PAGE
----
|WHILE A GRAND COALITION is the most suitable deadlock-breaking mechanism in our desperate circumstances, the ideal political solution to the current crisis is not a simple power-sharing formula between the PNU and ODM disputants, designed to serve individual ambitions.
The only viable solution is to institute a pro-people system of governance that will hold the political elite accountable to the public and give us the opportunity to change mindsets and attitudes throughout the country to create new political realities.
The crisis can only be contained by building a democratic society where all power is not just derived from the people, but that those entrusted with it should be kept dependent on the people.
Hence, firm democratic hands must carefully mould the Annan coalition so that it doesn’t deny us that solution just like the 1997 IPPG deal did.
IDEALLY, THE GRAND COALITION must be an interim mechanism lasting no longer than 18 months with a clear mandate to midwife the much sought-after comprehensive political solution via constitutional reforms that must, among others, introduce enforceable accountability.
Our problem has never been the lack of analysis; it has been the lack of political goodwill. Human-years of painstaking analyses have accurately diagnosed our problem as the impunity of our rulers. But since we can’t hold them to account, they reject all prescriptions because a cure would mean their losing out individually.
This uncontrolled political power that encroaches on individual freedoms has since the colonial days betrayed successive generations of Kenyans and inflicted on us the historical injustices at the heart of the current crisis.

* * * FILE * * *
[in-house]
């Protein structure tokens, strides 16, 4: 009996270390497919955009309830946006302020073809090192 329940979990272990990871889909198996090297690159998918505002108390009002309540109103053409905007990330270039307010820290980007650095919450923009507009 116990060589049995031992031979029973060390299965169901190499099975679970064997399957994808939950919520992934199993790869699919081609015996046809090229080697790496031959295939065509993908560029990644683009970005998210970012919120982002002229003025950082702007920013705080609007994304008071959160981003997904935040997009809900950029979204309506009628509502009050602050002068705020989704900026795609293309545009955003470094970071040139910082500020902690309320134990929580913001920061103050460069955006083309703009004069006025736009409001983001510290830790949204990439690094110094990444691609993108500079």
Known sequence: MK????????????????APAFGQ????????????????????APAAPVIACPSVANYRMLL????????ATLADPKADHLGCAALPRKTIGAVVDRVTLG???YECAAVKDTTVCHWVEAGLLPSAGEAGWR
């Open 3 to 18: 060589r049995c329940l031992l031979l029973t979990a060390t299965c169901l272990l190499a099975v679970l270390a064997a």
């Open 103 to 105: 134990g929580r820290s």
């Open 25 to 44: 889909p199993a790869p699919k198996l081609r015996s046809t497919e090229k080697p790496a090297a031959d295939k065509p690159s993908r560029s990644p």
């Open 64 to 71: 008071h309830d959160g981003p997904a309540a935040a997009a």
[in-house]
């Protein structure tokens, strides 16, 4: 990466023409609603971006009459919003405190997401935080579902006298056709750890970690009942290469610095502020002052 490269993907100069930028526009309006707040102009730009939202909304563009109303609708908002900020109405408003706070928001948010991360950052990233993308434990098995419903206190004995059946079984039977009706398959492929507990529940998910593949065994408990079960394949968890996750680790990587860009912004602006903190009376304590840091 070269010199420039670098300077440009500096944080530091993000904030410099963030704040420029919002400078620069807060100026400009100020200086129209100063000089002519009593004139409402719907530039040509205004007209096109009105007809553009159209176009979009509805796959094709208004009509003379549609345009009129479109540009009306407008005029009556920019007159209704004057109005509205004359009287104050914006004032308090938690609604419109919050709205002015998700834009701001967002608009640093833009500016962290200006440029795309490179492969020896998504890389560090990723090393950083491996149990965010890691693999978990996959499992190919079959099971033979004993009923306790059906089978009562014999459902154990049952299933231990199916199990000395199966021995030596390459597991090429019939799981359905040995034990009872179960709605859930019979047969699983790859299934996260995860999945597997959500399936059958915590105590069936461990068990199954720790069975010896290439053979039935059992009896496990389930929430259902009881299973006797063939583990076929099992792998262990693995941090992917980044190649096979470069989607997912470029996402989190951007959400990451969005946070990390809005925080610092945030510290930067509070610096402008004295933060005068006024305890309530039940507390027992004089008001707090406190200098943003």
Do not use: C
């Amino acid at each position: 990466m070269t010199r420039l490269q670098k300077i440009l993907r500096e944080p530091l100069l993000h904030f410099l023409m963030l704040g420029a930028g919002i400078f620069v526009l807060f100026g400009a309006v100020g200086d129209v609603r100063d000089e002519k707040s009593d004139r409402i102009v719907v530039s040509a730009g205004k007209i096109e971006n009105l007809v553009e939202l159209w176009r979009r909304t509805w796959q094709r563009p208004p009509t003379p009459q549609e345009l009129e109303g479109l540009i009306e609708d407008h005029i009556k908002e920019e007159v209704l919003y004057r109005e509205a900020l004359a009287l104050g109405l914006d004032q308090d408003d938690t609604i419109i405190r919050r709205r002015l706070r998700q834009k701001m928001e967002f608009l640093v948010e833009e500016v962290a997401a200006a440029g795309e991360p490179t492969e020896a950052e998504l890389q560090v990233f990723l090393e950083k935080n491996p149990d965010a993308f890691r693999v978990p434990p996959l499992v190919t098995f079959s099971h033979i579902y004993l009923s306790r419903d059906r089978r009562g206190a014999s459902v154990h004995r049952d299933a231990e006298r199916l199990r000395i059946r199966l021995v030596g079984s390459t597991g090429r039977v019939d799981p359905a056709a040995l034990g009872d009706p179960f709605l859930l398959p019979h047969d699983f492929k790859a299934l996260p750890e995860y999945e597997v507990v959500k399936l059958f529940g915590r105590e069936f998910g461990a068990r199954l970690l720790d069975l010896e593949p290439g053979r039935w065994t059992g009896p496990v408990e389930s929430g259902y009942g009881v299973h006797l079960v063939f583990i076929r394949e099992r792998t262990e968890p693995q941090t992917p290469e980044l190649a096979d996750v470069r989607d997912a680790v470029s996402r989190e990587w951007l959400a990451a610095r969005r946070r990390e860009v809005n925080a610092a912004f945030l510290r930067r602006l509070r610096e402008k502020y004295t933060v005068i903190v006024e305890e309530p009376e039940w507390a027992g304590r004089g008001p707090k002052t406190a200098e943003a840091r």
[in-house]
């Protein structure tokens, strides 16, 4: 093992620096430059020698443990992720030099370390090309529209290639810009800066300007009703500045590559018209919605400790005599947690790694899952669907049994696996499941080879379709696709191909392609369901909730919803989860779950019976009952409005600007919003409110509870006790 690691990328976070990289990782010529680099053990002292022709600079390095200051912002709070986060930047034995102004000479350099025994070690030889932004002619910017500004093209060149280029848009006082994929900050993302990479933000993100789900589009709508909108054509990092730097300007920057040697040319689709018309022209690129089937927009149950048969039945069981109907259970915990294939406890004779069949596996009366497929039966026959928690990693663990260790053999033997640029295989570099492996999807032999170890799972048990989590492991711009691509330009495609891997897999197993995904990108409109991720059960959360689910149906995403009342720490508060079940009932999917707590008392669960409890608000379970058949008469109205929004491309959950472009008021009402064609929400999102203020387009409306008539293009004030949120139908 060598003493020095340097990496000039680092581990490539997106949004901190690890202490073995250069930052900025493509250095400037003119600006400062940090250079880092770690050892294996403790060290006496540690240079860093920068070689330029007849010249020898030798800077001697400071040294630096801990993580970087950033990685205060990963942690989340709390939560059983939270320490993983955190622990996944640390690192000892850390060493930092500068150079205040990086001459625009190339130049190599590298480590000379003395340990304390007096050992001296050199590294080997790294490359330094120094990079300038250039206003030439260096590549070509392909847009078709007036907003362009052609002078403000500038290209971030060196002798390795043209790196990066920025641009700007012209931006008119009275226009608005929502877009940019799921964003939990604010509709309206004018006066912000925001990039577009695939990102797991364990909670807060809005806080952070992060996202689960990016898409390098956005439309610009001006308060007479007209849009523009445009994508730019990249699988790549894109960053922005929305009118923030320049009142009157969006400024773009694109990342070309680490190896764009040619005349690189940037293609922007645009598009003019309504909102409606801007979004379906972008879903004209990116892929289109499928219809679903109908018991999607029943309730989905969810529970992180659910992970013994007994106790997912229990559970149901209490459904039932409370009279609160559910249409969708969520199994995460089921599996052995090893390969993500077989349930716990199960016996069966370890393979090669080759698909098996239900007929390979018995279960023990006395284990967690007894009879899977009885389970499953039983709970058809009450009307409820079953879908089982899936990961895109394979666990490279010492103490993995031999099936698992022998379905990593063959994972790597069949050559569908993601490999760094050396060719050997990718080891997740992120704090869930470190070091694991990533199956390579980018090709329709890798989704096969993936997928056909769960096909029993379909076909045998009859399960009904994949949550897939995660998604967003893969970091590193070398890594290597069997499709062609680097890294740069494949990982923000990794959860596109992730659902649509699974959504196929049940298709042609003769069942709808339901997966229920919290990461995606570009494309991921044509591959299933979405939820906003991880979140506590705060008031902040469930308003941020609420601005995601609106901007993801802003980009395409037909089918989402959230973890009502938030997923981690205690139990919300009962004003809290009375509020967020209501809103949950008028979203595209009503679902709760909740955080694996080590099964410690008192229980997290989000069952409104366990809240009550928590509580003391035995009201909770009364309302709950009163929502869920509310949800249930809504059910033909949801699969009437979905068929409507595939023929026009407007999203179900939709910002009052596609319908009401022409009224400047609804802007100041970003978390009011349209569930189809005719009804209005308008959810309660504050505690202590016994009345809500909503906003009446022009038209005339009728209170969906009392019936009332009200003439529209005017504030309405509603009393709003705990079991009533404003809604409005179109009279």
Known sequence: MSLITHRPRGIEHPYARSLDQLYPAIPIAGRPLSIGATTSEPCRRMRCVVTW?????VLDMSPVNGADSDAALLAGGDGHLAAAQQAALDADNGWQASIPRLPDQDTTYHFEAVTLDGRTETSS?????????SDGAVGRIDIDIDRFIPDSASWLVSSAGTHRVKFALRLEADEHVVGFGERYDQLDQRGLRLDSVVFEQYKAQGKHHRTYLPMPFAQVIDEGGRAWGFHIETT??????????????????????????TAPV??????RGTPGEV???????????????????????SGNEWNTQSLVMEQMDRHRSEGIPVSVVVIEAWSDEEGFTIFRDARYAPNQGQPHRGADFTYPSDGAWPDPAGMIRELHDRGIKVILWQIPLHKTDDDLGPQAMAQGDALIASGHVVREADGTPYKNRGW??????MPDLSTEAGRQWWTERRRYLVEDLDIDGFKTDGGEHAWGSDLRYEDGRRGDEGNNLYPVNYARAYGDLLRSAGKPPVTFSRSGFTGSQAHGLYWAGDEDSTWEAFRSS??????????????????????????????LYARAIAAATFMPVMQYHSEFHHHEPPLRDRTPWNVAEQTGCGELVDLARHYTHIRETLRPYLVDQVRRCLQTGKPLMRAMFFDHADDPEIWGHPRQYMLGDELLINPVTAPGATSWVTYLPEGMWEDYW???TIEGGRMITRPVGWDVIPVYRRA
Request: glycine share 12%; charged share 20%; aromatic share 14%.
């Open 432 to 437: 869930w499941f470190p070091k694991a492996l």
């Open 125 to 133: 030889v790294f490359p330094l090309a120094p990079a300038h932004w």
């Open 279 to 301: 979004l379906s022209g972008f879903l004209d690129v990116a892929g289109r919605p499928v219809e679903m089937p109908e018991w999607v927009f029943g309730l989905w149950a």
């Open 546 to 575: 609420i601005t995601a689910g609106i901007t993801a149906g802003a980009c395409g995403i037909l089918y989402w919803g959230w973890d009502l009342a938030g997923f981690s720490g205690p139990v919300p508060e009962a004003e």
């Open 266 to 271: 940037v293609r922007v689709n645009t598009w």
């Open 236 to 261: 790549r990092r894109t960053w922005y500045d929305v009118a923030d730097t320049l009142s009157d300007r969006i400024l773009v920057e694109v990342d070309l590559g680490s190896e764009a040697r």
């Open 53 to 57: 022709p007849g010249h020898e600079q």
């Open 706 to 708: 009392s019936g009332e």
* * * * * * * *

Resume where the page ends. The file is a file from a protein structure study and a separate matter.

Had political power been accountable, citizens would have been able to use a range of informal and formal strategies to secure their self-determination. And political leadership would long have been forced to unite the nation around a common purpose.
Since colonial times, Kenyans have been protesting, asserting our right to a just, democratic, peaceful future. We have been moaning that most of the conventional avenues for political engagement — legislation, elections, courts, single issue campaigns, labour fights — are so co-opted by the elitist system, and it is impossible for ordinary citizens to use them to realise self-determination.
But after more than 100 years of struggle, save for the vain grandstanding and self-congratulation in political circles, very little has actually been accomplished on the ground.
At the very best of times, we have only won concessions that don’t threaten the status quo but progressively deliver us from a lesser evil to a greater one.
We have helplessly watched self-interest transform individuals, whose great democratic promise embodied our hope, from being catalysts for social change into being limits simply because we can’t place checks and balances on the power we give them.
In such circumstances, where there are few channels of representation and little access to justice, people naturally seek more radical ways to secure it.
Conflict is exacerbated by the lack of formal channels for aggrieved groups to claim their rights. The powerlessness they feel in the face of institutional breakdown often leads to violence as a form of protest.
THIS VERY DANGEROUS STATE OF affairs underscores the need for the Annan initiative to do its best, not just to re-direct existing power through a grand coalition. Rather, the initiative must fix systemic flaws that perpetuate impunity. That way, the initiative will be our springboard for true progress and social change as a continuation of our clamour for reforms.
The worst thing that can happen to the reform movement now is to settle for a power-sharing arrangement that secures jobs for individuals but offers the ordinary citizen nothing in the form of placing enforceable checks and balances.
Therefore, the much talked about political solution must not confuse and defeat the real democracy issues underlying the crisis.
Mr Okoiti is a playwright and human rights activist.